Essay on Fight Club and Our Consumer Identity

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Fight Club and Our Consumer Identity

The narrator in the film Fight Club is questioned about his devastated condo and declares, "That condo was my life, okay? I loved every stick of furniture in that place. That was not just a bunch of stuff that got destroyed, that was me!" This attitude of defining self-identity through a consumer culture has become institutionalized in the American society. The film Fight Club addresses the excessive consumerism as a sign of emotional emptiness and as a form of self-distinction. While the title suggests that it is just another cliché action movie, it is not so shallow or narrowly focused. It instead provides the viewer with a provocative view on American society and it raises valid questions about
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Together, they end up creating the underground fight club that becomes wildly popular with blue-collar workers. Shirt-less men beat each other into bloody messes every Saturday night in the basement of a bar. As the movie progresses, this underground club becomes more of a renegade resistance group that causes mayhem to corporate America. While Tyler is leading his cult to more mischief and mayhem, Jack thinks it has gotten out of hand. Fight club has spread across the country and Tyler’s next mission is to blow up all the major credit companies to erase everyone’s credit thus leveling the "economic playing field." Jack, in an attempt to stop him, chases Tyler around the country but it always appears that he has just missed Tyler. Jack slowly comes to the conclusion that he himself and Tyler are the same person. While Jack thought he was sleeping, in reality his schizophrenic other half was working Tyler’s jobs, making soap and trying to blow Americas materialistic views to pieces. Jack is able to destroy his alter ego by over coming Tyler’s influence and shooting himself through the cheek; however, he is not able to stop Tyler’s explosions. The last scene shows the buildings collapsing while Jack and Marla are kissing.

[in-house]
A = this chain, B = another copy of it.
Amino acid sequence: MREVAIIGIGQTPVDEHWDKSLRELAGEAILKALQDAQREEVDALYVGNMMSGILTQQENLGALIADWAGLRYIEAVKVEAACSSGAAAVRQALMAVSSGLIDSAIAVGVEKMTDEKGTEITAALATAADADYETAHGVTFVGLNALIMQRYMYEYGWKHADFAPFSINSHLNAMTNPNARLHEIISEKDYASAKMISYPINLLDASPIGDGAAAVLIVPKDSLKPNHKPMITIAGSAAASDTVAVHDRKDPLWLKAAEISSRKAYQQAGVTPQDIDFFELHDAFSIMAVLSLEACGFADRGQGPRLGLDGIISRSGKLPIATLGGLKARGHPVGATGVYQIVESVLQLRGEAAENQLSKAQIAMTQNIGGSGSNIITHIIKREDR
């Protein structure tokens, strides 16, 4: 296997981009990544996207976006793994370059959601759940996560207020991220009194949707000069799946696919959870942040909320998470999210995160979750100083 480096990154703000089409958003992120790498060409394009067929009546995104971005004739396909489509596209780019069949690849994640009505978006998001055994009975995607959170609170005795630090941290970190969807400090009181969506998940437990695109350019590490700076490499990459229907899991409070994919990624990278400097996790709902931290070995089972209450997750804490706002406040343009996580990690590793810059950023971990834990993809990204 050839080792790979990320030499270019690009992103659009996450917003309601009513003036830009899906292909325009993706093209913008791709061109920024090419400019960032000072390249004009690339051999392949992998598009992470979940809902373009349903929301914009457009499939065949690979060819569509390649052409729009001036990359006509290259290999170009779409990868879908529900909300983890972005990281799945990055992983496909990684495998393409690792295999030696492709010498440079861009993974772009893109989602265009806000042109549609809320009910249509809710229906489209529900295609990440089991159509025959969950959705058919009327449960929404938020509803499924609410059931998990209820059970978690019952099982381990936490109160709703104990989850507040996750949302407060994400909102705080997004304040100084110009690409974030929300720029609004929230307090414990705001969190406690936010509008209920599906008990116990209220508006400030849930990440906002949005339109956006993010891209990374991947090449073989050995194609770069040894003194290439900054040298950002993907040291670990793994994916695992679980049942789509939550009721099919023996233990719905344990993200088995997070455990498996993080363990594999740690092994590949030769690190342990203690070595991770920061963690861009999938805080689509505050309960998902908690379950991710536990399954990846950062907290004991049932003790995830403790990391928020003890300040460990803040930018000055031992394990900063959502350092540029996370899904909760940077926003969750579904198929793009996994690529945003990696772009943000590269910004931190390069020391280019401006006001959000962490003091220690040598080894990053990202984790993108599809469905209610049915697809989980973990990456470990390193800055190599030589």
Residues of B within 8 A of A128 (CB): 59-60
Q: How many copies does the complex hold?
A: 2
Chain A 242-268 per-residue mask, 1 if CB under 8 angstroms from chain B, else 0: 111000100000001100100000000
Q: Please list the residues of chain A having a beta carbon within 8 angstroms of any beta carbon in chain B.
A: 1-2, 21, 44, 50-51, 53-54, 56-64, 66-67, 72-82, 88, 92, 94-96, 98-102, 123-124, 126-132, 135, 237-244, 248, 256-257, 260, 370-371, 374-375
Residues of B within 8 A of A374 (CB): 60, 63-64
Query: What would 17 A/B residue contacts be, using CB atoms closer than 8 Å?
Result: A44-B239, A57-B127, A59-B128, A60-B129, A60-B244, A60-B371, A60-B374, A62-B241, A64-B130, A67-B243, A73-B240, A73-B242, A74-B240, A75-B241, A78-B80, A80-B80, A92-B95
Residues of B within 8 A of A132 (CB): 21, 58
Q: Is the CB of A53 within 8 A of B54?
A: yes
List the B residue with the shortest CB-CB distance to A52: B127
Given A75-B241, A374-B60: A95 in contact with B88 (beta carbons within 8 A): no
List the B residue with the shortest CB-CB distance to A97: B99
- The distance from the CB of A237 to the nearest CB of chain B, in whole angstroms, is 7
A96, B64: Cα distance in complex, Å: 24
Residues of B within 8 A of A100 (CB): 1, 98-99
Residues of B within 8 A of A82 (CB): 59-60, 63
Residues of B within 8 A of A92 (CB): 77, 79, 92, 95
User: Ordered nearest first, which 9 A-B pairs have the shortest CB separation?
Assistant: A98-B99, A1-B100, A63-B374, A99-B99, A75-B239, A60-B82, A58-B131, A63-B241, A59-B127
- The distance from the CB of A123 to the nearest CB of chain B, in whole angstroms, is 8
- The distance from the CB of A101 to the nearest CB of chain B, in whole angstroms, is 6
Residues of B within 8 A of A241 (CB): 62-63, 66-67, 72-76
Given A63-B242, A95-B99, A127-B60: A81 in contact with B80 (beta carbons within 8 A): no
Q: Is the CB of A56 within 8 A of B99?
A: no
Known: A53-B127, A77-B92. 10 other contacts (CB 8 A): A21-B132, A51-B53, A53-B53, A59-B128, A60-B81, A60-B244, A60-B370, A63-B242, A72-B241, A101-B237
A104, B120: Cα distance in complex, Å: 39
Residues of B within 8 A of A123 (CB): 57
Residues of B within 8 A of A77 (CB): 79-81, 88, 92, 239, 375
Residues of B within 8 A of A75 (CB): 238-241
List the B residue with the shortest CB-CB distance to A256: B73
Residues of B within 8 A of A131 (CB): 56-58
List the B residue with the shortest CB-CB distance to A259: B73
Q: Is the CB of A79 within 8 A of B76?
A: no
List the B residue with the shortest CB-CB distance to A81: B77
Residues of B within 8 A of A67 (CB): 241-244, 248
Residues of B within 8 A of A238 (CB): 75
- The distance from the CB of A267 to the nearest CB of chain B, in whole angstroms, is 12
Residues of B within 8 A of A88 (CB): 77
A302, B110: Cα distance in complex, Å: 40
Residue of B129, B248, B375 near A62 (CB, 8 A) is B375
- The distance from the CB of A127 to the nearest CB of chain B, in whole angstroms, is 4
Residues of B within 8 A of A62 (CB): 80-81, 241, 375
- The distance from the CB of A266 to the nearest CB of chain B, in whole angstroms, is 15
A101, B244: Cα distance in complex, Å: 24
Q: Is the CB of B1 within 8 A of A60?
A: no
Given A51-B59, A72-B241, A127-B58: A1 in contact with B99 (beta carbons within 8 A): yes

Fight Club challenges the typical American consumer identity by creating two contradicting characters. Jack starts out as a consumer defining his life by possessions, while Tyler lives his life on his own terms. One of the better

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